Wednesday, September 11, 2013

Product testing: Clement Cycling- LAS clincher cyclocross tires.

For many of us, the 2013 cyclocross season was kicked off by racing the Nittany Lion Cross race at the Trexlertown Velodrome. The course promoters did their best to provide a course worth of satisfying Elite racers who attended such as Laura Van Gilder and Todd Wells. I believe they hit the mark with this event. 

I've typically raced the MABRA Super 8 CX series in the lower Mid-Atlantic but this year with my move-up in race category, have decided to do a smattering of races in the Pennsylvania region as well as a handful of the Super 8 events. This is a building year for me, mentally and physically so I'm not focused on any points series like last year which ended me in the number one slot in PA for the Mens Cat 4/ 40-45 age division. I'm now a Cat 3.

I've been running the same 'cross bike the last two seasons and have been very pleased by it's handling and performance. After all, it is about the engine along with a smattering of gear selection to keep things interesting. Much like the sport of golf where players are looking to drive that ball further and improve their short game, cyclocross is partially about small gains through equipment selection. Some racers make the leap to carbon wheels and/or tubular tires, others have joined the disc brake movement in hopes of being able to brake deeper into the corner, getting that edge on their competitor who has traditional canti style brakes. Whatever your choose to run, run whatcha brung, have a good time, and be sure to cheer on the field that goes off after your group as the encouragement is always appreciated whether you're in 5th or 50th place!

Back to the topic of equipment. I've used the Challenge Grifo tires for the past two seasons and have been impressed by their ride quality. The thing to remember about tires on a bike, no two riders drive the cx bike the same way. One cyclist may be on a tire that he raves about and another might hate that same tire and say that it pushes in the corners too much or washes out in the corner too easily. How you set up your tires is your unique situation and mine is based on my style of riding (light), body weight (180lbs @6'5") and brand of wheels I choose.


 That being said, I picked up a set of Clement LAS tires recently. With hopes of not suffering as much in the bushy grass course at Cross Vegas, these were an easy choice. Actually, the original tires I wanted were out of stock by another manufacturer as well as their distributor so I went with Plan B. The bike team I raced on last season was directed by a good friend of mine who ran the LAS tires last year and through his feedback, I took the leap. 

The primary wheels for the Clement LAS tires are my HED Ardennes LT. These have been a terrific all-arounder wheel set for 2013 and with their 23mm wide rim profile, knew they'd work well for 'cross. The challenge would using the LAS tires at the low tire pressures I run and NOT have the bead burp off the rim. In an effort to combat this, I installed two layers of Schwalbe cloth rim tape under the stock HED rim strip to lock the bead in as best as possible. Also I coated the inside of the tire casing and the entire tube in baby powder to promote lateral tube slippage in the casing and reduce the chance of pinch flats. This has worked so far in practise and at the Nittany Cross race. The true challenge will be on a greasy course where rear wheel drifting when met with sudden tire hook up can easily yank a bead off the rim when running tire pressure in the high 20 psi range.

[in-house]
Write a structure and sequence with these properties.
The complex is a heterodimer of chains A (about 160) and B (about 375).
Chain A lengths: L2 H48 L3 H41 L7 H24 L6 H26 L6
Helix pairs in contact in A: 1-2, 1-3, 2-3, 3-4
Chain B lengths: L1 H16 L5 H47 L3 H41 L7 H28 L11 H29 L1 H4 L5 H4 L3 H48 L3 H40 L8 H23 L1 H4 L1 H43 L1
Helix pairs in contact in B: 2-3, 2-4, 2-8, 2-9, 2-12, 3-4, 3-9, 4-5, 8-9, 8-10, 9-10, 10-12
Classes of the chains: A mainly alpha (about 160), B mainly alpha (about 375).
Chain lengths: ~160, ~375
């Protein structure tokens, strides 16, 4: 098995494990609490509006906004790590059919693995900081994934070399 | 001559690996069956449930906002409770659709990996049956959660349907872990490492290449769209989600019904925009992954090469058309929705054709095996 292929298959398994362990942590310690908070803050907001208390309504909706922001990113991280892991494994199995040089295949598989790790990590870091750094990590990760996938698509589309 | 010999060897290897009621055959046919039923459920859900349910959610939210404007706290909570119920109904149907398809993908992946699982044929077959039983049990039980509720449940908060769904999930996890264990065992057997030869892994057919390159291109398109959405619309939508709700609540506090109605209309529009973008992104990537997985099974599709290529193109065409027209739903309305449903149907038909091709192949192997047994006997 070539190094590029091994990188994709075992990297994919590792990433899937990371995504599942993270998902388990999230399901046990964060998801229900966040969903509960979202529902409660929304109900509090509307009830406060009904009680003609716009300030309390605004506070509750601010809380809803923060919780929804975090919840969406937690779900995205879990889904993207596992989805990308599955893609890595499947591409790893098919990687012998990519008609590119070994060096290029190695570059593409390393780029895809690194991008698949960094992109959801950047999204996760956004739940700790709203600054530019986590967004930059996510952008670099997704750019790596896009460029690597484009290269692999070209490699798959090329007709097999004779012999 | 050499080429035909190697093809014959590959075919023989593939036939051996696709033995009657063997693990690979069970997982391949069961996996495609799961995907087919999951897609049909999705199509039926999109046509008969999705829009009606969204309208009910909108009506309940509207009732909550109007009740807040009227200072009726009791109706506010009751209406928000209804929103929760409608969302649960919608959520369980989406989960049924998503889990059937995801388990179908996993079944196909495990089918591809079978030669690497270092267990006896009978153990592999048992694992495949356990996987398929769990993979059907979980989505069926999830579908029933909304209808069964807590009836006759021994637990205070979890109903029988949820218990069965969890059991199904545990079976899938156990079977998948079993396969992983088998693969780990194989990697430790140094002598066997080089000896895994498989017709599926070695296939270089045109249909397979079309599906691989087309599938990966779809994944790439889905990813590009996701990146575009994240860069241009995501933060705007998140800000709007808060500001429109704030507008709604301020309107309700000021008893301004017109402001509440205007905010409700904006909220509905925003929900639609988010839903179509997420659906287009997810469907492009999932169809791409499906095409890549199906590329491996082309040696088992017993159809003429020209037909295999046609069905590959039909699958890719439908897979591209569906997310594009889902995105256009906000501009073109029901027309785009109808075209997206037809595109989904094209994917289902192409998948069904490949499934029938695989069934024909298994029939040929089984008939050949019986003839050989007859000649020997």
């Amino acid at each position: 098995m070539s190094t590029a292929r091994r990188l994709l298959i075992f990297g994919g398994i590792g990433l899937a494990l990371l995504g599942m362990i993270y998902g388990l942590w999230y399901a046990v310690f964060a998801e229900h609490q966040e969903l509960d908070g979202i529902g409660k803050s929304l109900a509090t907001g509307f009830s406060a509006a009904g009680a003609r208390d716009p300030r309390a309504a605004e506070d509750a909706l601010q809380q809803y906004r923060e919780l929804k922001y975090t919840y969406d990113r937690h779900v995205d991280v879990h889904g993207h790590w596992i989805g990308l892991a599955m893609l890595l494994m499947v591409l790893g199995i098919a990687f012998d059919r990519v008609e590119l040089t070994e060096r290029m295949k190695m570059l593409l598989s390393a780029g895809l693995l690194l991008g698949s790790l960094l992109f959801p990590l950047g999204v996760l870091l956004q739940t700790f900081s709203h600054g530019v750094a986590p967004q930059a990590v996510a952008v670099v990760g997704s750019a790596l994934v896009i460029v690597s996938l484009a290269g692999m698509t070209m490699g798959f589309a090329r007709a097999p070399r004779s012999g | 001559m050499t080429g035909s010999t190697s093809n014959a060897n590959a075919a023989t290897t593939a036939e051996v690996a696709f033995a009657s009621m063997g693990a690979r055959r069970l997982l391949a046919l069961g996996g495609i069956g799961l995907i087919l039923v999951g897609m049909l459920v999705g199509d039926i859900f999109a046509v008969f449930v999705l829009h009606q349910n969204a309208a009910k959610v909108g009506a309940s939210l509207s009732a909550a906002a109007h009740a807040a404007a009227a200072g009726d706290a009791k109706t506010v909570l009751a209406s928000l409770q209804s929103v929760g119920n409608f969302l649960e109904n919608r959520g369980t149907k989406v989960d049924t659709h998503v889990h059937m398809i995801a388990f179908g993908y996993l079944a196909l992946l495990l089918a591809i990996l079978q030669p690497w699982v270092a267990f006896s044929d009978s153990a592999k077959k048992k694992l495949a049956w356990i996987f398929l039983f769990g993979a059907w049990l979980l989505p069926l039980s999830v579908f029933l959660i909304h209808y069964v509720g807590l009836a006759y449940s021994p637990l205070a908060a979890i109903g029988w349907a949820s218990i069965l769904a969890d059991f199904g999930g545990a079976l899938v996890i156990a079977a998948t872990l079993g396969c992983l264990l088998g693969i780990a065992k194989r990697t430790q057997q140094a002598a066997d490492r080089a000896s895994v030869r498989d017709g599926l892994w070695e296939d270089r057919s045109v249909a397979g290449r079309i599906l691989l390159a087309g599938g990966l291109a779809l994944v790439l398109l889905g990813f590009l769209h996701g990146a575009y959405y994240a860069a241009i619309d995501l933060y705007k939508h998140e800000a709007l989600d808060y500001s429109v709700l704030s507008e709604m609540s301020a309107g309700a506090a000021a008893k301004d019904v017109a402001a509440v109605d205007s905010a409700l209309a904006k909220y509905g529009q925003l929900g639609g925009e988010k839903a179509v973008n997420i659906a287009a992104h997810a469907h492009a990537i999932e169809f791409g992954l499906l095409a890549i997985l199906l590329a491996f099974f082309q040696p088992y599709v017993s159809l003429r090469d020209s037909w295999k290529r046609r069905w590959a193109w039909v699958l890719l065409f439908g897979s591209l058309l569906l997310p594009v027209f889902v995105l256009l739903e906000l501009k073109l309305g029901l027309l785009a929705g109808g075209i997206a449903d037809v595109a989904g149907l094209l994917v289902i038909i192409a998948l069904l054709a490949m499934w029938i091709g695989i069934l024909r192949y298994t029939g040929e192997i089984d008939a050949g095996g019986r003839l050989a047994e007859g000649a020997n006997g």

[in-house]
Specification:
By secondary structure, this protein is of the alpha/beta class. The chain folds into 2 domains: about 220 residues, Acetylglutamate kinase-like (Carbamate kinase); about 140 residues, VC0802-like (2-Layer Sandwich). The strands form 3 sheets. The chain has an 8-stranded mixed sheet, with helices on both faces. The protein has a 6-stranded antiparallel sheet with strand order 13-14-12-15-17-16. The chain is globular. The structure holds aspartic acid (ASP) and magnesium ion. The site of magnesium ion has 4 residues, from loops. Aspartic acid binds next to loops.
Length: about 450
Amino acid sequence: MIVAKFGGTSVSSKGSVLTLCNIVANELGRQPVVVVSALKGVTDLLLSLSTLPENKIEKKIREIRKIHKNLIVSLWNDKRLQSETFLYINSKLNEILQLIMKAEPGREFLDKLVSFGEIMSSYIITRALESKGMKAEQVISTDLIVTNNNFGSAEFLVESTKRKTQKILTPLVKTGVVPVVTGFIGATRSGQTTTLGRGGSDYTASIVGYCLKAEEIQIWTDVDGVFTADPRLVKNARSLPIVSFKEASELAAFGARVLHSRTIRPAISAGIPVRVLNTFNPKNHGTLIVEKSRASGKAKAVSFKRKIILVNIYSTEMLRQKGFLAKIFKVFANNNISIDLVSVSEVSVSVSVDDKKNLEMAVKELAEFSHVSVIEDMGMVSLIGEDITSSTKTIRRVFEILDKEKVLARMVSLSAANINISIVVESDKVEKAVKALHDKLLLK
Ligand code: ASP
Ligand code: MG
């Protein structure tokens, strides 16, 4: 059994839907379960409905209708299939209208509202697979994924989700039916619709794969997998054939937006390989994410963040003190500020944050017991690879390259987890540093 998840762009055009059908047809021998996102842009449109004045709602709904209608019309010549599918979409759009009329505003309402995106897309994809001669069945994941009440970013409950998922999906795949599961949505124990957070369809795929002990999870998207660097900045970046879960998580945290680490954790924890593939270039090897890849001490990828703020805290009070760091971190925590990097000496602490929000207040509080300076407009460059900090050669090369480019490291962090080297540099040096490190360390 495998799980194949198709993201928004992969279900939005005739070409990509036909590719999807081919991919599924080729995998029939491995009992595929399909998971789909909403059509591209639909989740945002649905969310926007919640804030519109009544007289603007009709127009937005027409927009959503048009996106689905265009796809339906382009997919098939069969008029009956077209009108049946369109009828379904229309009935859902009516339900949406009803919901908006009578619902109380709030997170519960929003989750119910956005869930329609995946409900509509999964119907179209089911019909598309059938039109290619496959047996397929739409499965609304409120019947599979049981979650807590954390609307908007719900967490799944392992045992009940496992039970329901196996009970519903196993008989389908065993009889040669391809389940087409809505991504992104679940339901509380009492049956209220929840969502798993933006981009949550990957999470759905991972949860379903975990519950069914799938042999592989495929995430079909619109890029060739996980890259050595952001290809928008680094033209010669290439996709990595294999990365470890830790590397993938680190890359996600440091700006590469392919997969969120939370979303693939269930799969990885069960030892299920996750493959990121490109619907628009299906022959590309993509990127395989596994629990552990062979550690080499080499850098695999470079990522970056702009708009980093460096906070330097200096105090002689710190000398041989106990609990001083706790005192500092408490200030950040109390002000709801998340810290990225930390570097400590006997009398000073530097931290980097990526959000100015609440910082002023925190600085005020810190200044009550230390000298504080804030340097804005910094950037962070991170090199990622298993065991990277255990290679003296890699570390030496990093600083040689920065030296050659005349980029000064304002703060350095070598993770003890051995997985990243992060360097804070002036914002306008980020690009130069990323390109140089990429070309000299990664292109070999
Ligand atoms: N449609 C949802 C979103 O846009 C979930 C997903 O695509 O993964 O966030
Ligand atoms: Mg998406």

The weather for Nittany Lion Cross was favorable; temps in the 80s and lots of sun. I journeyed over to the local park for some grass drills and to dial in the tire pressure. Keeping things conservative, I started off with the front tire at 27 psi and the rear at 29 psi. Ran a few laps, hopped the portable cx barriers several times, then scrubbed a bit more air out of the tires. The lean angle of the LAS tires is as confident inspiring for me as much as the Grifo tires. In fact, at the cornering limits, the LAS tires do not exhibit that sound of grass tearing out of the ground which many times spooks riders into feather their brakes or tensing up their shoulders, leading to washing out the bike instead of staying loose and reactive with your upper body. 


Race Day-
I warmed up on the trainer with the LAS instead of swapping out to a road wheel, yeah- I'm lazy at times. The tire was quiet on the Cyclops. With 25 minutes to go, I aired the tires to 26 psi front and 28 psi rear and pushed off to get in a practice lap before the start. 

The Nittany course is a power course with a smattering of some technical sections. There was a wooded section with some really ugly roots that stuck up a couple of inches where you either clipped them or bunny hopped them if you weren't too gassed. In my case over the course of the 50 minute race, I bottomed out my rear wheel every lap on the big one, cringing each time. Cringing that I may flat-spot my rear wheel and cringing that a snake bite flat may occur. That day, neither happened and luck was on my side along with the baby powdered tubes, which I swear by. 

Under race pace of 13.5 mph for the entire race, the tires were awesome! They slice through the grass and held a line exceptionally well on the 'dust over crust' off cambered parts of the course near the finish line area. Note- the LAS on 23mm HED rims measure 35mm casing width. Still though, on the race days that are wet and greasy, I'll go back to a more weather suitable tire for the slop. For this it will be the Vittoria XG. I have a clincher and TNT (Tubes No Tubes) version to test out as well. 
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